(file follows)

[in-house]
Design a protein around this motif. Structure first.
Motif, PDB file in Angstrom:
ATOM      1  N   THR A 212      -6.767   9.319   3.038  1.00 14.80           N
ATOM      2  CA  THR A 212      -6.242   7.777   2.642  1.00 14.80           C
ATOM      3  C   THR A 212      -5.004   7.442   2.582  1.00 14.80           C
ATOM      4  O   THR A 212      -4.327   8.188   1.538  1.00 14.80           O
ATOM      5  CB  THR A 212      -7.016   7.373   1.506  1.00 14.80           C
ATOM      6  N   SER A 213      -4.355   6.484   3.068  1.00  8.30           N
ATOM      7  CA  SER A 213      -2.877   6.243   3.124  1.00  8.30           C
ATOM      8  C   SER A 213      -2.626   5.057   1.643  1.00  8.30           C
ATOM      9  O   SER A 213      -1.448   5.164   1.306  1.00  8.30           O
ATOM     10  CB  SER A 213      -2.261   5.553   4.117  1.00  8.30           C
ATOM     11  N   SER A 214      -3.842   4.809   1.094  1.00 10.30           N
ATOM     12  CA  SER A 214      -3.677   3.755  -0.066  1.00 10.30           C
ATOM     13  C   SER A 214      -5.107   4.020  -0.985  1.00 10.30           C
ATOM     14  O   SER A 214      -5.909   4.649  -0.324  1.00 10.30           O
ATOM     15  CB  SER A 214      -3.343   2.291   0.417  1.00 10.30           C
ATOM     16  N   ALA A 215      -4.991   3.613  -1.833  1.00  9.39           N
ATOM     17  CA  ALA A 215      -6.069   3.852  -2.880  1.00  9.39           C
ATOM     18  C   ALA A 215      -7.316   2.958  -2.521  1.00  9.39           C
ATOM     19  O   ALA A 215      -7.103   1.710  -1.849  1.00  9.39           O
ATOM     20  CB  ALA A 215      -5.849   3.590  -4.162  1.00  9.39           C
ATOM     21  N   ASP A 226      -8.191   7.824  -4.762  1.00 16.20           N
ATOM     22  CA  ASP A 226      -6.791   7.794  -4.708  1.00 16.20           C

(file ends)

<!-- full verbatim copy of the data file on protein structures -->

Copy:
[in-house]
Design a protein around this motif. Structure first.
Motif, PDB file in Angstrom:
ATOM      1  N   THR A 212      -6.767   9.319   3.038  1.00 14.80           N
ATOM      2  CA  THR A 212      -6.242   7.777   2.642  1.00 14.80           C
ATOM      3  C   THR A 212      -5.004   7.442   2.582  1.00 14.80           C
ATOM      4  O   THR A 212      -4.327   8.188   1.538  1.00 14.80           O
ATOM      5  CB  THR A 212      -7.016   7.373   1.506  1.00 14.80           C
ATOM      6  N   SER A 213      -4.355   6.484   3.068  1.00  8.30           N
ATOM      7  CA  SER A 213      -2.877   6.243   3.124  1.00  8.30           C
ATOM      8  C   SER A 213      -2.626   5.057   1.643  1.00  8.30           C
ATOM      9  O   SER A 213      -1.448   5.164   1.306  1.00  8.30           O
ATOM     10  CB  SER A 213      -2.261   5.553   4.117  1.00  8.30           C
ATOM     11  N   SER A 214      -3.842   4.809   1.094  1.00 10.30           N
ATOM     12  CA  SER A 214      -3.677   3.755  -0.066  1.00 10.30           C
ATOM     13  C   SER A 214      -5.107   4.020  -0.985  1.00 10.30           C
ATOM     14  O   SER A 214      -5.909   4.649  -0.324  1.00 10.30           O
ATOM     15  CB  SER A 214      -3.343   2.291   0.417  1.00 10.30           C
ATOM     16  N   ALA A 215      -4.991   3.613  -1.833  1.00  9.39           N
ATOM     17  CA  ALA A 215      -6.069   3.852  -2.880  1.00  9.39           C
ATOM     18  C   ALA A 215      -7.316   2.958  -2.521  1.00  9.39           C
ATOM     19  O   ALA A 215      -7.103   1.710  -1.849  1.00  9.39           O
ATOM     20  CB  ALA A 215      -5.849   3.590  -4.162  1.00  9.39           C
ATOM     21  N   ASP A 226      -8.191   7.824  -4.762  1.00 16.20           N
ATOM     22  CA  ASP A 226      -6.791   7.794  -4.708  1.00 16.20           C